Seabuckthorn berry polysaccharide protects against carbon tetrachloride-induced hepatotoxicity in mice via anti-oxidative and anti-inflammatory activities†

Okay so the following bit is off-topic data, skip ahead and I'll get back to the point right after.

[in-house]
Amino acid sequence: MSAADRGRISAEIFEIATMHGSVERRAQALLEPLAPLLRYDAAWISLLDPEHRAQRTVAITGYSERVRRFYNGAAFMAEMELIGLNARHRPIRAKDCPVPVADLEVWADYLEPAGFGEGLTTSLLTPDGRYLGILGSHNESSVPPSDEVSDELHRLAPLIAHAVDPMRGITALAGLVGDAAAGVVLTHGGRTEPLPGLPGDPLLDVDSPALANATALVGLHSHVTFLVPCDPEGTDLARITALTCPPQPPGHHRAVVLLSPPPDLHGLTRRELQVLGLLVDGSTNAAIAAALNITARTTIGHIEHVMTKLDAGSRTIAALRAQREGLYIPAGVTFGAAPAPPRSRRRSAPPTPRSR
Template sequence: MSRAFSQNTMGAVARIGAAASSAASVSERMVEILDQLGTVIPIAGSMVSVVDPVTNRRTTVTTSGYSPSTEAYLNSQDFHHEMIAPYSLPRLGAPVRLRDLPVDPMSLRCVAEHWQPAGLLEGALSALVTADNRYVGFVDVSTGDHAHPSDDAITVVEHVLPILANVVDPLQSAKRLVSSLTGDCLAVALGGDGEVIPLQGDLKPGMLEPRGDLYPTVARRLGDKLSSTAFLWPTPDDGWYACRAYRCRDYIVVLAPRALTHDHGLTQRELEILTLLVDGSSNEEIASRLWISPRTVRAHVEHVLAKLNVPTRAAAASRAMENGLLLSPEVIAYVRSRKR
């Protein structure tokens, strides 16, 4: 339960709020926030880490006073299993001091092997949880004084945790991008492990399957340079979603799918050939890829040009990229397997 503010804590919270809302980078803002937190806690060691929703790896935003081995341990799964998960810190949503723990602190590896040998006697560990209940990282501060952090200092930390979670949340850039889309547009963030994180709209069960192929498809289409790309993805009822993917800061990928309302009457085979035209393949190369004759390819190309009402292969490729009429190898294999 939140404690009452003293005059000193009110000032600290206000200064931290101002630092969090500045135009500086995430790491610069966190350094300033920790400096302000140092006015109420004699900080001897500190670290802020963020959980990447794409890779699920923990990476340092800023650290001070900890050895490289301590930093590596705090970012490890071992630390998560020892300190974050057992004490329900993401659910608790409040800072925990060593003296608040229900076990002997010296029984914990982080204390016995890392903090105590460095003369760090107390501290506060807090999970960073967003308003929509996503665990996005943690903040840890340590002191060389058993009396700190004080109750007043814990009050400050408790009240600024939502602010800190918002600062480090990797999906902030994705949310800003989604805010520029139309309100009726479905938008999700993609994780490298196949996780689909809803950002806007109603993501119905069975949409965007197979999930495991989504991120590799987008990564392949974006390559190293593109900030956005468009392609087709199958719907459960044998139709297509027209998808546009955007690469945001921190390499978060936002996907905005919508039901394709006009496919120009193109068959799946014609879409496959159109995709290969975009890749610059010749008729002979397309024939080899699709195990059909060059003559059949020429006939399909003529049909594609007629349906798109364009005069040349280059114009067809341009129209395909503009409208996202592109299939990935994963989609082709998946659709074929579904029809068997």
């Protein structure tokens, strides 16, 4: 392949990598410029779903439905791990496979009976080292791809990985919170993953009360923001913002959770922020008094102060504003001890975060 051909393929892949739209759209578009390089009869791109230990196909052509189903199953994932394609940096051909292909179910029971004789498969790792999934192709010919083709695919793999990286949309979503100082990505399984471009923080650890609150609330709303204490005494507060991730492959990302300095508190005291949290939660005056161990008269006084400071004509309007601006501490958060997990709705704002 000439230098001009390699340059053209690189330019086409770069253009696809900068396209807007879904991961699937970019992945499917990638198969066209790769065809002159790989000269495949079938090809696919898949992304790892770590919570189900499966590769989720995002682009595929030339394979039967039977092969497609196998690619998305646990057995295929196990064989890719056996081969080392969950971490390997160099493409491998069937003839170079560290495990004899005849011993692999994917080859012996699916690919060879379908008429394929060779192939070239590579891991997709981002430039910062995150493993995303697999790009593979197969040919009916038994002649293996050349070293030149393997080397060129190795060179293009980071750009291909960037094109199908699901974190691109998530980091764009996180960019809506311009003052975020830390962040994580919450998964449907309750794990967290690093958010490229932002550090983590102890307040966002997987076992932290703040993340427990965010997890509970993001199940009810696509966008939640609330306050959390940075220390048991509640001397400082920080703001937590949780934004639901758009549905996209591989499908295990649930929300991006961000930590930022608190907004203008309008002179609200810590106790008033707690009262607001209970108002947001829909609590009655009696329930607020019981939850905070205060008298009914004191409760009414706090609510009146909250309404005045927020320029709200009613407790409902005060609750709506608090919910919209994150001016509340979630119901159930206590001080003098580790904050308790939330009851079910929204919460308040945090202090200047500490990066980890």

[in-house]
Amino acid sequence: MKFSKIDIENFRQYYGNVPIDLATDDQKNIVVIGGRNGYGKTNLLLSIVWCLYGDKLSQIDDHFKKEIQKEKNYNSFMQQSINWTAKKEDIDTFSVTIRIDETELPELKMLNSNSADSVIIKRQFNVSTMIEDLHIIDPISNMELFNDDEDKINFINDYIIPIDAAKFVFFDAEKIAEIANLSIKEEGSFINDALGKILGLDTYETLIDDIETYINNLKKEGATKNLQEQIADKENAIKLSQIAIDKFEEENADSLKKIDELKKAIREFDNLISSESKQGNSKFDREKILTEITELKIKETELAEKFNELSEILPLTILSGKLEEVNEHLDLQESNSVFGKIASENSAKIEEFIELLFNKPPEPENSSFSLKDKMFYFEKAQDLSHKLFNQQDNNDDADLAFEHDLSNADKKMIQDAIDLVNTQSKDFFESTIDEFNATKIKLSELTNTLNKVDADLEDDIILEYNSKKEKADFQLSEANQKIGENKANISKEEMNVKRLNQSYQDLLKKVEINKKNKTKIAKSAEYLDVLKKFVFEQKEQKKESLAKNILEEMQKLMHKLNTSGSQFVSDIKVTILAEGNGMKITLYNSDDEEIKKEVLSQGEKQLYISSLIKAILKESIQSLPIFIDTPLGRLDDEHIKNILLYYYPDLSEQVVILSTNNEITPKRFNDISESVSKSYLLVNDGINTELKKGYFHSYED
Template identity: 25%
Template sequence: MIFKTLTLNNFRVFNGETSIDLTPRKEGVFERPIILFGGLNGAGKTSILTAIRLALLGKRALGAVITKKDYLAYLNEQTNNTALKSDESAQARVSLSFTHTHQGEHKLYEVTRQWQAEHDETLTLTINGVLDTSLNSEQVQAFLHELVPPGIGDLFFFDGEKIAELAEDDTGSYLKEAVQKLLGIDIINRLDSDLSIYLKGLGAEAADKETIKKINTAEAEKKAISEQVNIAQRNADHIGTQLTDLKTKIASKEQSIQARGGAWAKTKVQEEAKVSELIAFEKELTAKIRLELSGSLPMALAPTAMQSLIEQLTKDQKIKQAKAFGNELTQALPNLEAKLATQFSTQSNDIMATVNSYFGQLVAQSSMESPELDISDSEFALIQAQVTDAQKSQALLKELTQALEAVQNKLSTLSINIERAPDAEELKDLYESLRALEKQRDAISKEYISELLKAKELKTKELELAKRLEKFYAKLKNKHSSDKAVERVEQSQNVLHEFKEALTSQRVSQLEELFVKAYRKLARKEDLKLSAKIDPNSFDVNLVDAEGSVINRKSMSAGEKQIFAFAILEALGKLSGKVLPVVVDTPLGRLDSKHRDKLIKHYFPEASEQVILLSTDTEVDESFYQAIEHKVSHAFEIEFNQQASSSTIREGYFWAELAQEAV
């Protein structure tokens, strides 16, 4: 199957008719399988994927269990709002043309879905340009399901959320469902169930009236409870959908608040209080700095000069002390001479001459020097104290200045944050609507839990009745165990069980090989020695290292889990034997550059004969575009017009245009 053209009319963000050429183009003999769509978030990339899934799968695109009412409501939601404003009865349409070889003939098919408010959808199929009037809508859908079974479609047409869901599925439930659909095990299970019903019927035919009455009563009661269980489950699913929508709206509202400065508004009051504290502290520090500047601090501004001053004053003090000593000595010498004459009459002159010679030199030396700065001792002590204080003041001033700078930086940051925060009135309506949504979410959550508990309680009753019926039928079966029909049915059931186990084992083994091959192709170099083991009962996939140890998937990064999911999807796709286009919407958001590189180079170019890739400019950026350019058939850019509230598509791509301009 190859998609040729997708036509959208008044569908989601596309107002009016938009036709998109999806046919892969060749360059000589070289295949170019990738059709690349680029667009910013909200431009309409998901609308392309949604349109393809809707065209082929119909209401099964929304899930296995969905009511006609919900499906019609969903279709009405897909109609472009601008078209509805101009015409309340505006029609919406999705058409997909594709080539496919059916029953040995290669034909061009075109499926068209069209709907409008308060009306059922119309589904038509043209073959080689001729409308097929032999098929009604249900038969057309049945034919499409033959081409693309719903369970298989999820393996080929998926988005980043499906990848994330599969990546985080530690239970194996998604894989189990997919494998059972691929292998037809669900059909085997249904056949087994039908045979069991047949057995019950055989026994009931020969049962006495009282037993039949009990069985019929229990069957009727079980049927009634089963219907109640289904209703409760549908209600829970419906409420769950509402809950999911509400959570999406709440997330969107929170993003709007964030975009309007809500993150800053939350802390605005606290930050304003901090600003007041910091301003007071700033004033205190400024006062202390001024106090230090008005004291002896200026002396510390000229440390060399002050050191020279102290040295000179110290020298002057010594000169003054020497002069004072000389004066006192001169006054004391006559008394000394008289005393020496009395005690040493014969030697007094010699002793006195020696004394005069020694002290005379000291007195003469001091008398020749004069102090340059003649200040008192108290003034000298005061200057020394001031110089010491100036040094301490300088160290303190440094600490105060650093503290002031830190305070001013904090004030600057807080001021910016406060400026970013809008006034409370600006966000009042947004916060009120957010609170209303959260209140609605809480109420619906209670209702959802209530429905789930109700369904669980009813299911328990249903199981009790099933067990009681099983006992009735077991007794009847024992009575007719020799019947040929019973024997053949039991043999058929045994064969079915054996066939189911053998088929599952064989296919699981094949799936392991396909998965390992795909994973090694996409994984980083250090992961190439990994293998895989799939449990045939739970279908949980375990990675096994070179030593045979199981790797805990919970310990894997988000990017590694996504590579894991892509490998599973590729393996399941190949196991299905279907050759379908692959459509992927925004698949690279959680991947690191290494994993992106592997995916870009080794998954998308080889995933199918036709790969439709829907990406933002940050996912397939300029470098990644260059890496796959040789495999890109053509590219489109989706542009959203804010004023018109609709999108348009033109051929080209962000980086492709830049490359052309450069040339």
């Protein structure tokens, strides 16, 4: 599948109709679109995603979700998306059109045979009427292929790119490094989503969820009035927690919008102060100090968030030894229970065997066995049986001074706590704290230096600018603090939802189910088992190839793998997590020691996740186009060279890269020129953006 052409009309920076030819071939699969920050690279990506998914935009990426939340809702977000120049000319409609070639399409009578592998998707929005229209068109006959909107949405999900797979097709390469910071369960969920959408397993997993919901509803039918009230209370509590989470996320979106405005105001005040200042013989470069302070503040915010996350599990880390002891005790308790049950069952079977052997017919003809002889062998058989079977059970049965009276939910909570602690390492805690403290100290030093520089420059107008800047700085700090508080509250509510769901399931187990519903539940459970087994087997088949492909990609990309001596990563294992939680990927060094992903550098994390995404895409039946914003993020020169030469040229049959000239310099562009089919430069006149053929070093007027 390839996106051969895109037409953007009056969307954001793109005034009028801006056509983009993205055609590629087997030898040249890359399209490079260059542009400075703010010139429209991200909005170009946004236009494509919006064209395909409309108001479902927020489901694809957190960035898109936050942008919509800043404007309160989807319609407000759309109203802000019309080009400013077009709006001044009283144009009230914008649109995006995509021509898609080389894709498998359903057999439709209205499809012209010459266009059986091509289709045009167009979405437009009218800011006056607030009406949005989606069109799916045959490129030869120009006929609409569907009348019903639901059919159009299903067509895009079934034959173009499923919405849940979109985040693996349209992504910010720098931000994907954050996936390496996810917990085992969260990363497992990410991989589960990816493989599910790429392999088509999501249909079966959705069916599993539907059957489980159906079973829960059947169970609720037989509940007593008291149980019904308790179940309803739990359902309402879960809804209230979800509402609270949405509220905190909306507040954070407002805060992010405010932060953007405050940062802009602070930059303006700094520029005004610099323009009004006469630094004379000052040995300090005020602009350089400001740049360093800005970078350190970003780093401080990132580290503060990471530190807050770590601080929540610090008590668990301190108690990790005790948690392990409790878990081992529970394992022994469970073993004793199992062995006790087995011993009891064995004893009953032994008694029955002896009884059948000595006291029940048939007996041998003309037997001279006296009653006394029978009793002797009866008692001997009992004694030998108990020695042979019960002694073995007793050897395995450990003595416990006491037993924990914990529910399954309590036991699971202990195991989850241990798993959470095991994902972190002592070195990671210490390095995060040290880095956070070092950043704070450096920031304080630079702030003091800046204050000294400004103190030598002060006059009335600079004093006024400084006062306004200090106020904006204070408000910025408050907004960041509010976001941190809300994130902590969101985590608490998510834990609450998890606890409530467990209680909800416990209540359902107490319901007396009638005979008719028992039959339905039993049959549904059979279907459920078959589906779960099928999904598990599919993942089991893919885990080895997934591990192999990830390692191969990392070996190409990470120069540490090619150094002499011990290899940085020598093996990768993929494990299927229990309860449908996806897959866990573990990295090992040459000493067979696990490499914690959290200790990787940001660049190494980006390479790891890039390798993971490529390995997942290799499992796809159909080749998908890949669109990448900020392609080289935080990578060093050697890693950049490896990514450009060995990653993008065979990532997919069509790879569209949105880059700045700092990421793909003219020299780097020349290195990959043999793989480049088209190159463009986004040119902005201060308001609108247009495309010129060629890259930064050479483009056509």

The berries of Seabuckthorn (Hippophae rhamnoides L.) are traditional medicinal foods that have been used by Tibetans and Mongolians for thousands of years. The polysaccharides are the main components of Seabuckthorn berries, possessing immune stimulating, anti-cancer and anti-fatigue activities. The present study focused on evaluating the protective effects and mechanisms of Seabuckthorn berry polysaccharide (SP) against carbon tetrachloride (CCl4)-induced hepatotoxicity. Mice were orally administrated with 50, 100 and 200 mg kg−1 of SP once daily for 14 consecutive days prior to CCl4 challenge. Pretreatment with SP significantly decreased alanine transaminase (ALT), aspartate aminotransferase (AST) and total bilirubin (TBIL) levels, while increasing the levels of prealbumin (PALB) in the CCl4-challenged mice, which were accompanied by diminished liver injuries, increased superoxide dismutase (SOD) and glutathione peroxidase (GSH-Px) activities, increased GSH levels, and reduced malondialdehyde (MDA) content. The pretreatment with SP also markedly reduced the CCl4-induced expression of tumor necrosis factor-alpha (TNF-α), interleukin-1 beta (IL-1β), inducible nitric oxide synthase (iNOS) and nitric oxide (NO). Furthermore, the pretreatment with SP decreased hepatic Toll-like receptor 4 (TLR4) expression and inhibited the phosphorylation of p38 MAPK, extracellular signal-regulated kinase (p-ERK), c-Jun N-terminal kinase (p-JNK) and nuclear factor-kappa B (NF-κB) in the CCl4-challenged mice. These results suggest that the pretreatment with SP protected against CCl4-induced liver damage via its anti-oxidative and anti-inflammatory activities. SP might be suitable for functional foods and natural drugs in preventing CCl4-induced hepatotoxicity.